and reporting back to some donkey strike force. I’ve never felt entirely
comfortable around donkeys. I consider mentioning this to
Gloria but decide it’s probably best to keep it to myself for now.
“There he is,” says Gloria, waving to Eeyore over her shoulder.
“What a grumpy old man.”
Continuing down the drive, we pass a small bungalow. This is
the Fauna office, where I will be living for the next few months in
the basement apartment. Gloria doesn’t stop, though, and a beautiful
country pond opens up on our left. Families of ducks and Canada
geese cruise the surface, and two white swans sit preening on
a promontory of rocks. A majestic fountain of water rises up in
the center, and in the distance a gray heron high-steps through the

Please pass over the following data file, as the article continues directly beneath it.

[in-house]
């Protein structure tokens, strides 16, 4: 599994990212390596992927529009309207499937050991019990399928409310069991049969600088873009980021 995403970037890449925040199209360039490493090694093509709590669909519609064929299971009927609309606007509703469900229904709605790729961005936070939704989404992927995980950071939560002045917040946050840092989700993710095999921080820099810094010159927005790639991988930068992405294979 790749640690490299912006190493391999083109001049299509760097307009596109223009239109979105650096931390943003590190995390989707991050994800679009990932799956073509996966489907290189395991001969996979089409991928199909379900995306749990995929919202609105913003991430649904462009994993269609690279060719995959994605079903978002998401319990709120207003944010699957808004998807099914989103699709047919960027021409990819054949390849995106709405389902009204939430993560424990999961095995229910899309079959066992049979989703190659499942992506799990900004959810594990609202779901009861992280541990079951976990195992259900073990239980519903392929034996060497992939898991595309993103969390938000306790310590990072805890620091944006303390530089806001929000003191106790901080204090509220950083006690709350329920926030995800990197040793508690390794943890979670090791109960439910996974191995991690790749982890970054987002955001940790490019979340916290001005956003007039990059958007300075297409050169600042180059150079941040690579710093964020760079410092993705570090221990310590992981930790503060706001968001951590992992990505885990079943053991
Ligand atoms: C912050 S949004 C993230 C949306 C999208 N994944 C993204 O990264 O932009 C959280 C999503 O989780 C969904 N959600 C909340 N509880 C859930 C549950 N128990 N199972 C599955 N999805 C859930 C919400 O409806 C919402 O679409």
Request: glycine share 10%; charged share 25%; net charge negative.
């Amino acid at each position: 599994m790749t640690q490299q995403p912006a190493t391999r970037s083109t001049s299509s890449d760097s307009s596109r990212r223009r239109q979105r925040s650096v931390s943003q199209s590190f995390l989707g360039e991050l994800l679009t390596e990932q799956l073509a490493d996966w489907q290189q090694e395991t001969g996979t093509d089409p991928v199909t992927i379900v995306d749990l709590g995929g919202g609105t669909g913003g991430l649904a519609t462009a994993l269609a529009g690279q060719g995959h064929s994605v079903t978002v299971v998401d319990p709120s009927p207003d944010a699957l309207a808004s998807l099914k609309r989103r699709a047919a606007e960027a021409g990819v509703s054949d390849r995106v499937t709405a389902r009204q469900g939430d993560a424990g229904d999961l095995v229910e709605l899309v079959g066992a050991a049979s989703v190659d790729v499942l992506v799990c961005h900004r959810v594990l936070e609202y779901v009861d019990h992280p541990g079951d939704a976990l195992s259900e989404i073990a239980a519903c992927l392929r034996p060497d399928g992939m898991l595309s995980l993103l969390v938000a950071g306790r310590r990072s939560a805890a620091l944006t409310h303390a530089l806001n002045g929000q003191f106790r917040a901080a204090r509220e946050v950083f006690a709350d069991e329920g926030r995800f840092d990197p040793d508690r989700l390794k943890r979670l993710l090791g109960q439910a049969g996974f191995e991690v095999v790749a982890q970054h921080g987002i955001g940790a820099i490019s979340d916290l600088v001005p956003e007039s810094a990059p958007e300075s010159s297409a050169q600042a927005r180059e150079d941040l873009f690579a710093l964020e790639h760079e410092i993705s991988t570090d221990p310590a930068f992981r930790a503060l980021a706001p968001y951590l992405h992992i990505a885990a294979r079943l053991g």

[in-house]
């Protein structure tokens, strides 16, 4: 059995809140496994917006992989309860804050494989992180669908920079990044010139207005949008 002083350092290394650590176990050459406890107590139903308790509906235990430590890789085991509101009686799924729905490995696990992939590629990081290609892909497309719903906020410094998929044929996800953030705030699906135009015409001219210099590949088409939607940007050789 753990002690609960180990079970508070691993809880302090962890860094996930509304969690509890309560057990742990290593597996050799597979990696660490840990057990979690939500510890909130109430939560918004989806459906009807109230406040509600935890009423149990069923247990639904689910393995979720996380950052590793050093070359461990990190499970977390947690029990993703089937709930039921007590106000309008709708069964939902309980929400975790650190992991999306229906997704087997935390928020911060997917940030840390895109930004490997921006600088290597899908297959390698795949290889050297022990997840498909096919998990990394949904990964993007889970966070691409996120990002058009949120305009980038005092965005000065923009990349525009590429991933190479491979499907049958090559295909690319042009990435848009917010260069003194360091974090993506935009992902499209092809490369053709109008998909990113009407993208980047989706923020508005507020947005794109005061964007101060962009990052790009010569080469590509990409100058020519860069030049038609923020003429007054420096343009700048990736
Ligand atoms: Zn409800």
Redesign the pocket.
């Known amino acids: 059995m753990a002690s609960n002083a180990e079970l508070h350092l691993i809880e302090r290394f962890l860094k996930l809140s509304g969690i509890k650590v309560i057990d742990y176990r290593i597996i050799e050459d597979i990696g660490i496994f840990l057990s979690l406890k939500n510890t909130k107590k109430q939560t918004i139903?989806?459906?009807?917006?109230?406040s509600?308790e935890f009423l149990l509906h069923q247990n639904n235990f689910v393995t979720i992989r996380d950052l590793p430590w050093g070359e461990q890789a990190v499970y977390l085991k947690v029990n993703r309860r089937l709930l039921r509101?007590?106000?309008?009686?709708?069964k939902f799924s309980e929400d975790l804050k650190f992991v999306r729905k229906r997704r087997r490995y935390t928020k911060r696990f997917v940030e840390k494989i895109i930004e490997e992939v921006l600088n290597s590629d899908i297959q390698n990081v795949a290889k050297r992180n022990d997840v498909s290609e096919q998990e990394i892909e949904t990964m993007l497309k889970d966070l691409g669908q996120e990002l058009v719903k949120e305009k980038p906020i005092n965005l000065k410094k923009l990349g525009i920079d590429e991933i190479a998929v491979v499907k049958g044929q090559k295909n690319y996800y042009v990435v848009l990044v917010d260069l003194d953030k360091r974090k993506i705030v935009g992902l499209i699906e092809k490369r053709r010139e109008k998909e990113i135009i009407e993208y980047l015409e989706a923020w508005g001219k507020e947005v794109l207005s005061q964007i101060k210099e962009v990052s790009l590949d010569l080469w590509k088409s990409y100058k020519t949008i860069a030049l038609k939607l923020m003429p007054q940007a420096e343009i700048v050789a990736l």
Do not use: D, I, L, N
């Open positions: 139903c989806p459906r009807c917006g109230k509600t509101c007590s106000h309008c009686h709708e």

shallows, hunting minnows and frogs.
On the far side of the pond are two barns with a tractor parked
between them. A raging bonfire coughs a plume of black smoke
into the air. Every now and then, an ATV with a payload of lumber
zips past the blaze. A cacophony of sounds drifts across the water
— the buzz of lawn mowers, the growl of a chain saw, the echoing
thuds of a hammer. Fauna is much more than a mere hobby
farm, I realize; it is a place of perpetual labor. Since we arrived, the
walkie-talkie on Gloria’s belt has been humming with the industrious
voices of her French Canadian staff.
Between the pond and the driveway are immaculate gardens,
with quaint pathways winding through them. A few rustic benches
sit among the flowers, just a few weeks from full bloom. At a small
clearing, Gloria slows.
A peculiar building comes into sight, three stories high, on
maybe an acre of ground. The structure, surrounded by chainlink
and electric fencing, resembles a medium-security prison. Above
the entrance, a caged balcony looks tacked on, almost as an afterthought.
But this is not what makes the building peculiar. The